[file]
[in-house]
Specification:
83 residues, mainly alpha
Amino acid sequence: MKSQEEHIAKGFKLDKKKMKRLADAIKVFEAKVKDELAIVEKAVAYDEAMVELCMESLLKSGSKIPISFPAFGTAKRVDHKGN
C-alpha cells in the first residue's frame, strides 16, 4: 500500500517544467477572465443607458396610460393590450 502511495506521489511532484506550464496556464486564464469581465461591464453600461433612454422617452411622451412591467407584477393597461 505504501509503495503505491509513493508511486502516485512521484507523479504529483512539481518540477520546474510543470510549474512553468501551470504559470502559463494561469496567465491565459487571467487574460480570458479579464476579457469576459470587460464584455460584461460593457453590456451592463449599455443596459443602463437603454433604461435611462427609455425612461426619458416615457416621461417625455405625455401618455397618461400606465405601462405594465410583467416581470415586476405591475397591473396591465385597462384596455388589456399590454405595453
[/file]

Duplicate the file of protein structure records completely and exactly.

[in-house]
Specification:
83 residues, mainly alpha
Amino acid sequence: MKSQEEHIAKGFKLDKKKMKRLADAIKVFEAKVKDELAIVEKAVAYDEAMVELCMESLLKSGSKIPISFPAFGTAKRVDHKGN
C-alpha cells in the first residue's frame, strides 16, 4: 500500500517544467477572465443607458396610460393590450 502511495506521489511532484506550464496556464486564464469581465461591464453600461433612454422617452411622451412591467407584477393597461 505504501509503495503505491509513493508511486502516485512521484507523479504529483512539481518540477520546474510543470510549474512553468501551470504559470502559463494561469496567465491565459487571467487574460480570458479579464476579457469576459470587460464584455460584461460593457453590456451592463449599455443596459443602463437603454433604461435611462427609455425612461426619458416615457416621461417625455405625455401618455397618461400606465405601462405594465410583467416581470415586476405591475397591473396591465385597462384596455388589456399590454405595453